Seventeen years after Andrew first walked into my dorm room bearing a few CDs he thought I might love, we wrote and recorded a song together.
It’s here. I would love it if you listened to it. He built a thing himself so it could play music nicely, so it’s just easier if you do it there, though I know all of this back and forth is a lot to ask.
Okay. You’re back. I hope you liked it. The process for writing this song was incredibly roundabout. We both love music and I sing (mostly around the house these days) and he plays like every instrument and is also really into digital music recording. So this seems like something we should have already done, but it’s been a struggle.
As a fiction writer, my approach to lyric-writing has always been literal and narrative-driven (my poetry phase in college was short-lived). Some of my favorite songs are narrative, but most of them aren’t. Over a decade ago, we wrote a couple of songs we were happy with, but the process always felt somewhat stilted. I wrote words and handed them over to him so he could come up with music. There was not a lot of back and forth. And then, I don’t know, there were jobs and babies and that sort of thing. We never recorded the songs, but we do still know them.
Then this year I decided to write a novel about a bunch of musicians. And the thing that both drew me to the subject and scared me about it was that there would have to be songs, or at least partial lyrics of songs, and it would be my job to write them. Even if I could make the lyrics good, lyrics printed on the page lack the impact of an actual song. Beyond that, if I wrote lyrics but there wasn’t really a song with a melody and an arrangement and maybe even a recording, it seemed to me that the reader might sense that the song was not really a song at all, but half a song or less, and there would be a lack of verisimilitude throughout the novel. The solution, of course, was to write whole songs. It would have seemed an arduous form of method acting if it weren’t for the fact that I’ve always wanted to be a songwriter, and that I really wanted to figure out how to work with Andrew musically.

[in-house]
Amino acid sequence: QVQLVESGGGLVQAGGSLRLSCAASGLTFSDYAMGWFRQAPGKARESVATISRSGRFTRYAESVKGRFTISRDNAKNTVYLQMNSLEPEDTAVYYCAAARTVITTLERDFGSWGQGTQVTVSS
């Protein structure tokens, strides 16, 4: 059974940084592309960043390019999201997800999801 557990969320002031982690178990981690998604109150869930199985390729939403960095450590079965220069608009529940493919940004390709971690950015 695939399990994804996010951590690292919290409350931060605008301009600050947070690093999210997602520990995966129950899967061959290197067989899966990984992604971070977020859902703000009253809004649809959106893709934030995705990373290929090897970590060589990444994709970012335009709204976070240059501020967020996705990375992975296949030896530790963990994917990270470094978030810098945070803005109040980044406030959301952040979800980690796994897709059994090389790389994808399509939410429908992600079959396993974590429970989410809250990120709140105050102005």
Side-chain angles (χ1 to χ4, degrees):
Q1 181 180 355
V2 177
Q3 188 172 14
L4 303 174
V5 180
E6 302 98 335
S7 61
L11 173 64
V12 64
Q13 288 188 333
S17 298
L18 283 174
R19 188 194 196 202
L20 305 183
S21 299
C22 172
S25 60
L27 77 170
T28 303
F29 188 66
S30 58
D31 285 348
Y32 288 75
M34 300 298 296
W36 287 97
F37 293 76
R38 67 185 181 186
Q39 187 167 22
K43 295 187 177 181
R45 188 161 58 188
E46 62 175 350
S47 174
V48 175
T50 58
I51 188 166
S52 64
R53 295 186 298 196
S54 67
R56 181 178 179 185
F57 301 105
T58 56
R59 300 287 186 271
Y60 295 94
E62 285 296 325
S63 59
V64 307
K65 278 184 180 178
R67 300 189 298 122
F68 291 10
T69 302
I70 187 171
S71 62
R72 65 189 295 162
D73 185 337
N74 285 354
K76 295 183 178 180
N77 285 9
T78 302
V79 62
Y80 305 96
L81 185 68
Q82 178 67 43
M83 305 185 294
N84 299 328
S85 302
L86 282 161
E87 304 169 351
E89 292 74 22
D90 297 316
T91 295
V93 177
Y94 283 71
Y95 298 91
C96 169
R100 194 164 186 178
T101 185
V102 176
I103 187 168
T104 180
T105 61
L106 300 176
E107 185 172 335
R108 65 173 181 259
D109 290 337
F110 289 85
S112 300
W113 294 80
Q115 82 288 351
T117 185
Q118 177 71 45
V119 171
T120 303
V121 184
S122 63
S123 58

I wrote the first few lyrics of this song as part of a scene. It’s an idea the has-been rock star, Dean Callahan, has been kicking around, and he plays it for the teenage protagonist, Johanna. In a later scene, he plays her the whole song. The first verse has changed a little, and the reader is in Johanna’s point of view, hearing it. I’d imagined I might be able to do things like write a scene and stick in something like “[song about X here].” But I found I couldn’t fake my way through the scene without knowing the song. At first it was frustrating because it became clear that I would spend most of a work session (several hours) tinkering with a pretty small number of words. If I’d been writing a scene with a good sense of direction, I probably could have cranked out 1000 words in that time. But I had to slow down and make it a legitimate song. To my surprise, by the time I finished the lyrics I had an idea for the melody. I sang it to myself a few times. It felt, more than any song I’d attempted before, like a solid little bundle of song.